Meet the Author

O. Emre Ergungor |

Assistant Vice President and Economist

O. Emre Ergungor

Emre Ergungor is an assistant vice president and economist in the Research Department at the Federal Reserve Bank of Cleveland. He is responsible for the household finance section of the Banking Policy and Analysis Group, which conducts research on regulatory policy and banking issues and provides advice on financial policy formulation. He also oversees the Federal Reserve System’s Muni Financial Monitoring Team (FMT), which monitors municipal bond markets, state and local funding, and public pension funds. Dr. Ergungor specializes in research related to financial intermediation, information economics, housing policy, and credit access in low- to moderate-income households.

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10.27.11

Economic Trends

Household Debt

O. Emre Ergungor

The level of U.S. household debt relative to disposable income has been declining since the financial crisis. This household deleveraging is still continuing, according to the latest data. The deleveraging is taking place primarily because liabilities on home mortgages are falling. Nonmortgage liabilities have been flat since 2007.

The primary driver of declining mortgage balances is mortgage write-offs. Given the persistently high level of delinquency rates, mortgage write-offs are likely to remain high. Mortgage balances will drop further as result, unless purchase-mortgage originations pick up.

So far, purchase activity remains highly subdued. The most recent data show that originations are still close to the lowest levels seen during the crisis.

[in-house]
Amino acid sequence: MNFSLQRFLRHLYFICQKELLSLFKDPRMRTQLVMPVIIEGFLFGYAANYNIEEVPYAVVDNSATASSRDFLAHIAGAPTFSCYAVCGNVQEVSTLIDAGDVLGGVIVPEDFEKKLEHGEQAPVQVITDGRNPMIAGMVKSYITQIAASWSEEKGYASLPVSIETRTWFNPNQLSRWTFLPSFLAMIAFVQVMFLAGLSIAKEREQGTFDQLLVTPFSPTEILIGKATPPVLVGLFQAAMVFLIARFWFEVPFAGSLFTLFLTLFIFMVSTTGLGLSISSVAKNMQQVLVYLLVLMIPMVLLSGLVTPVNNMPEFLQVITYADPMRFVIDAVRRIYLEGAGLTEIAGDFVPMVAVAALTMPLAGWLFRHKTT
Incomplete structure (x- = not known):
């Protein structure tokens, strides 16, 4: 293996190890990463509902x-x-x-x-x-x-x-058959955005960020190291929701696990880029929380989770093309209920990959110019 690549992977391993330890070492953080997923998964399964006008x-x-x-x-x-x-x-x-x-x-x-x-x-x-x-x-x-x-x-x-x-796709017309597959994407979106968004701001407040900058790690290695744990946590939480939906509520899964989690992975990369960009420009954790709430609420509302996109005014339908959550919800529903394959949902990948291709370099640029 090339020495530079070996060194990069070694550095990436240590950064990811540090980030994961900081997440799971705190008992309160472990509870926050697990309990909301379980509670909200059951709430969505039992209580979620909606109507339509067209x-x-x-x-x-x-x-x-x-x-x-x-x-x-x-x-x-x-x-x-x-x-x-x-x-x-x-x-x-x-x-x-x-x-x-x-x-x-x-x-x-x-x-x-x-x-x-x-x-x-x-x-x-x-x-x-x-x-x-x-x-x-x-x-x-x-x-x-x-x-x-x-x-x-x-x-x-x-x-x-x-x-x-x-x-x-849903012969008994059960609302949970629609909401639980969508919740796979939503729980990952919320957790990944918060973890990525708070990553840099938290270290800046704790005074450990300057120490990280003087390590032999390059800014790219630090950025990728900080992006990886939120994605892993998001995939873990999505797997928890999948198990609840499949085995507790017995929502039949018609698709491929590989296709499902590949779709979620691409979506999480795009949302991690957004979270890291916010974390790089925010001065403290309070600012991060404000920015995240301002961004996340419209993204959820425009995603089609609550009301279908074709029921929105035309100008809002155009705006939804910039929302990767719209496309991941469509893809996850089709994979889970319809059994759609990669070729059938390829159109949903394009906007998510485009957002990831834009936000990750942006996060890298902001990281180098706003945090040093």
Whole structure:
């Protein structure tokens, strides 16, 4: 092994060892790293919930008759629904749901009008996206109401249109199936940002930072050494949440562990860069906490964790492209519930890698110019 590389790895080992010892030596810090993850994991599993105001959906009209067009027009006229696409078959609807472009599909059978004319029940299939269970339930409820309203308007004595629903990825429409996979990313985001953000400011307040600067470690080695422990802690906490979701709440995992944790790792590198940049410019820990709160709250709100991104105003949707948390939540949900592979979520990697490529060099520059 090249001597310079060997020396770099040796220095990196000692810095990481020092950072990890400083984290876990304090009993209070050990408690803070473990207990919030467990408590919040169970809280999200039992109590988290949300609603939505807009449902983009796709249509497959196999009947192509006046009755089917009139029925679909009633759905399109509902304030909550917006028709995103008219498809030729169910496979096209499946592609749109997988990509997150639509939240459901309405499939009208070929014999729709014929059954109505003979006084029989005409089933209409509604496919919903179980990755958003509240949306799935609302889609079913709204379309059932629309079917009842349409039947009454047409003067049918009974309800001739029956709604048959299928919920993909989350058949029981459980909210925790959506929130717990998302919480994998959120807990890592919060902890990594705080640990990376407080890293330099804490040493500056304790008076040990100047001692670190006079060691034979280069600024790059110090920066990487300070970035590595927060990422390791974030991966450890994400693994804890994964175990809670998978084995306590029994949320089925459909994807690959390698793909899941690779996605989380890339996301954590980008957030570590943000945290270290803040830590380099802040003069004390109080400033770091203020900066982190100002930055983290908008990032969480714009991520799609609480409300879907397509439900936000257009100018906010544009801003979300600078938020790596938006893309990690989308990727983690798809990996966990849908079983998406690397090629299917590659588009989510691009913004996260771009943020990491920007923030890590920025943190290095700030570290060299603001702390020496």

Refinancing activity has also been declining despite the historically low mortgage rates.

The obvious culprit is the lack of equity. Median price appreciation of the refinanced properties from the time the original loan was made to the time it was refinanced is -7.4 percent in the most recent Freddie Mac data. This suggests that the Fannie Mae and Freddie Mac are mostly refinancing underwater mortgages in their effort to revive the housing market. This opportunity to refinance without equity is not available to mortgages not owned by the two housing GSEs. Therefore, the overall refinancing activity is lackluster despite the low mortgage rates.

It is also worth noting that refinancing activity is not uniform across all market segments. Currently, around 80 percent of mortgage originations under the Freddie Mac loan limit are refinancings. In the broader market, the refinance share is around 60 percent. This observation also supports our earlier claim that the housing GSEs are more active in this market because they can refinance loans that would not qualify for a refinancing in the private market due to lack of equity or low credit score.

The nature of refinancing activity has also changed in the last few years. While cash-out refinancings were the most popular type of activity before the crisis, the current trend is to benefit from low rates without taking on new debt. This suggests that refinancings may not give a boost to consumption the way they did earlier in the last decade.